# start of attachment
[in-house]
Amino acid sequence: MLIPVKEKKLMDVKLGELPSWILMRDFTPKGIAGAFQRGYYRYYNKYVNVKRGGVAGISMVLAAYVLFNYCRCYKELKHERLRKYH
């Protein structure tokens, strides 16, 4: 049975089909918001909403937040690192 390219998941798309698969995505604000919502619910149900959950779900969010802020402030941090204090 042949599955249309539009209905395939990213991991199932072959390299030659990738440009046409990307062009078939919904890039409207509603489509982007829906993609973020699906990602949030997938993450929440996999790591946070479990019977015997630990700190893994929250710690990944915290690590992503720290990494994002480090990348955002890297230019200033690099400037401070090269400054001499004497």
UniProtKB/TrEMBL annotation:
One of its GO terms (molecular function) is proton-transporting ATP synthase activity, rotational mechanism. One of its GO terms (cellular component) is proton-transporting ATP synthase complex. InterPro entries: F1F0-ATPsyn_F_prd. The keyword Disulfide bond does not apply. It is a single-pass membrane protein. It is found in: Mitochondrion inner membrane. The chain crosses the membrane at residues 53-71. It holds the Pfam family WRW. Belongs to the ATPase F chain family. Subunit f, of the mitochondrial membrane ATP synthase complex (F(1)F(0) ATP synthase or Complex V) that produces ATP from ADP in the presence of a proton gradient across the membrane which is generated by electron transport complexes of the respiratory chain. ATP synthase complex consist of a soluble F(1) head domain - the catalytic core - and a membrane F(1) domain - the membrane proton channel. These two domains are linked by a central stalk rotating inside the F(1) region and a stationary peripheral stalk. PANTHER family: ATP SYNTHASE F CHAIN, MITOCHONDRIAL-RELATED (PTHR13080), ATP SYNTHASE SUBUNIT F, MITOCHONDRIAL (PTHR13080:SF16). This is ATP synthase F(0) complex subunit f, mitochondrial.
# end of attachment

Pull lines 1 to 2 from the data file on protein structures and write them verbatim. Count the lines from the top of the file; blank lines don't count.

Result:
[in-house]
Amino acid sequence: MLIPVKEKKLMDVKLGELPSWILMRDFTPKGIAGAFQRGYYRYYNKYVNVKRGGVAGISMVLAAYVLFNYCRCYKELKHERLRKYH